Day 5 in Alaska: Kayaking, beach combing, cold plunges and a first taste of king crab

Guest Blogger Molly Hottinger paddling in the front seat of the kayak, en route back to the Chichagof


by guest blogger Molly Hottinger

After a nice breakfast with our fellow passengers, we prepared to kayak in Whitestone Harbor, near Chichagof Island, our vessel’s namesake. Whitestone Harbor is partly uncharted, so we had to be careful not not to ground our kayaks up on the large rocks in the fast retreating tide. Our expedition leaders shepherd our group  but the areas we set off to explore are large enough that there is always sense of being on an individualized outing. There is also plenty of time scheduled to explore specific points of interest. So we headed over to investigate some dark brown rocks just off the shoreline.

This was also great opportunity to see the landscape up close. The rocky hills covered with towering Sitka Pines were beautiful. When we approached the rocks, we could see that the water was more shallow. I spotted a few bright orange feathery shapes, which I later learned were the feeding part of sea cucumbers. We kayaked along the shoreline and took photos of our fellow passengers. Everyone seemed to be enjoying themselves immensely and more importantly, they didn’t mind being photographed enjoying themselves!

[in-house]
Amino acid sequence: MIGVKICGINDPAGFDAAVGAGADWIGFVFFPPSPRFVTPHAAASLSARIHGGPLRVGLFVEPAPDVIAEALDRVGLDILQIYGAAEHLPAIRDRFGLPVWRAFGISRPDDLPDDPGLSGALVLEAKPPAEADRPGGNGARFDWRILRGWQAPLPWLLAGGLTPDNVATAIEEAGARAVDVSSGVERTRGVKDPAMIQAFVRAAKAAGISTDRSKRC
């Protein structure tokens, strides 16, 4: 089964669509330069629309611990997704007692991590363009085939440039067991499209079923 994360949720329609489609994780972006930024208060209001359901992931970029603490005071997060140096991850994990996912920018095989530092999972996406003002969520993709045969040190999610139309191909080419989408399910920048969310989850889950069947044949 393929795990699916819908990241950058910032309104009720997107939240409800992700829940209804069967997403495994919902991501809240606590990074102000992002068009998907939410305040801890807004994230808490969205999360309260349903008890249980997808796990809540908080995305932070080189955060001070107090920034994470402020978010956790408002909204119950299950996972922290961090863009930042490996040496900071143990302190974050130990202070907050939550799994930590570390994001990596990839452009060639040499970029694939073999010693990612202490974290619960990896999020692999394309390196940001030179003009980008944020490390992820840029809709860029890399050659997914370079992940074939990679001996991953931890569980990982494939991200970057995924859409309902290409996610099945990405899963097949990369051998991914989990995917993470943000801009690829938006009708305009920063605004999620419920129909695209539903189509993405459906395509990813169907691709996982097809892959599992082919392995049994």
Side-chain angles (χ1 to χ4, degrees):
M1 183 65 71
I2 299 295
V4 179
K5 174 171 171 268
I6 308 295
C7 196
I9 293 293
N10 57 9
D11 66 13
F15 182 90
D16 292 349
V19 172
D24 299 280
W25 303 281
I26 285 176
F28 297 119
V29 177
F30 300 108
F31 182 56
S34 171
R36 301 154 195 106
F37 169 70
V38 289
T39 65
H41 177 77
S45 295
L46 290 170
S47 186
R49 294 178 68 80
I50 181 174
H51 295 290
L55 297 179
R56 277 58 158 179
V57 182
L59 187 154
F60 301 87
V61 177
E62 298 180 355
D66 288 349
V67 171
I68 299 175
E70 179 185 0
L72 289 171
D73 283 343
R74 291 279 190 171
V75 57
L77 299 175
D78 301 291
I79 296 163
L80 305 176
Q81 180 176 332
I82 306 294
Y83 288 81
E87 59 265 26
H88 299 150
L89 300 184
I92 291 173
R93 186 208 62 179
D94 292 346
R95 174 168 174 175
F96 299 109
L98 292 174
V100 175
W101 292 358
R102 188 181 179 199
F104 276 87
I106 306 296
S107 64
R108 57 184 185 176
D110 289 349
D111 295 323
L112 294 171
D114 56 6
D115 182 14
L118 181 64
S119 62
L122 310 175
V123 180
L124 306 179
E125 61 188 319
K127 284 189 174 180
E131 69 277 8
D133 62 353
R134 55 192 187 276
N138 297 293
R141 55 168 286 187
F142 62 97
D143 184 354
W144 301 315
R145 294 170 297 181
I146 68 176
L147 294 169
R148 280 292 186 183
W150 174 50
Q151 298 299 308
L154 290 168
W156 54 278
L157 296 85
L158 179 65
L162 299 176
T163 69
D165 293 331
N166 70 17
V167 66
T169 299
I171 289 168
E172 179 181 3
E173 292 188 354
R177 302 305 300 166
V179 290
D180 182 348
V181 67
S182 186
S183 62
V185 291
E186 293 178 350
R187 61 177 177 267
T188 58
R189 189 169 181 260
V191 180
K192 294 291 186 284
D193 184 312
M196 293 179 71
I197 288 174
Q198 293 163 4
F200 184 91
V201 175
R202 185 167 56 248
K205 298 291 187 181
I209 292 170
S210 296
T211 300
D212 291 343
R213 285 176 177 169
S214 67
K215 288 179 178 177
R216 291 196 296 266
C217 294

Fire on the beach at dusk

Back on the boat, we setup our camera equipment on the top deck to photograph the bravest passengers in our group; those who were about to become esteemed members of the Killer Whale Club. The stage was set up on the floating dock with turquoise towels to match the 40-ish degree water in the harbor. Those of us zipped up comfortably in our jackets cheered on each group as they took the plunge!

Later we boarded a smaller passenger vessel bound for Orca Point Lodge, Alaskan Dream Cruises’ exclusive day lodge on Colt Island. We were welcomed to the lodge and made our way into an area with a touch tank which encourages tactile interaction with anenomes, sea urchins, starfish, and other creatures. Our bonfire was crackling away near the beach. Some of us  walked around to admire the blooming lupines and primrose flowers planted in the front yard of the log cabin style lodge complete with a perfectly manicured grassy lawn. I spotted a hummingbird and asked about them. Pam, an employee of the lodge, said that the hummingbirds migrate from Alaska to winter in Mexico, a journey of more than 4,000 miles each way.

Enjoying king crab at the Orca Point Lodge

Inside, we were served king crab and prime rib buffet style. I had never tasted king crab before and enjoyed the tasty sweet meat. The lodge inside was quite spacious and the gift shop had a nice selection of jewelry handcrafted by local Alaskan artists. After dinner, we were free to partake in roasting s’mores over the campfire or to do a little beachcombing. I noticed large white flowers that looked like Queen Anne’s Lace (or “Wild Carrots”), so I walked over to see them.

I noticed a bird song coming from inside the forest, so I stepped closer to listen and record the song with my iPhone. Reid and Janet, a couple from Iowa, came over to see what I had found. We decided to walk up the trail into the woods to get closer to the bird singing. Then suddenly we heard the unmistakable screeching of a bald eagle and spotted him alongside the tree line. We walked back to the head of the trail to find the eagle. He had just caught a fish in front of our fellow passengers. I spent the rest of my time on the grounds of Orca Lodge taking photos of the group beachcombing this beautiful rocky beach at low tide.

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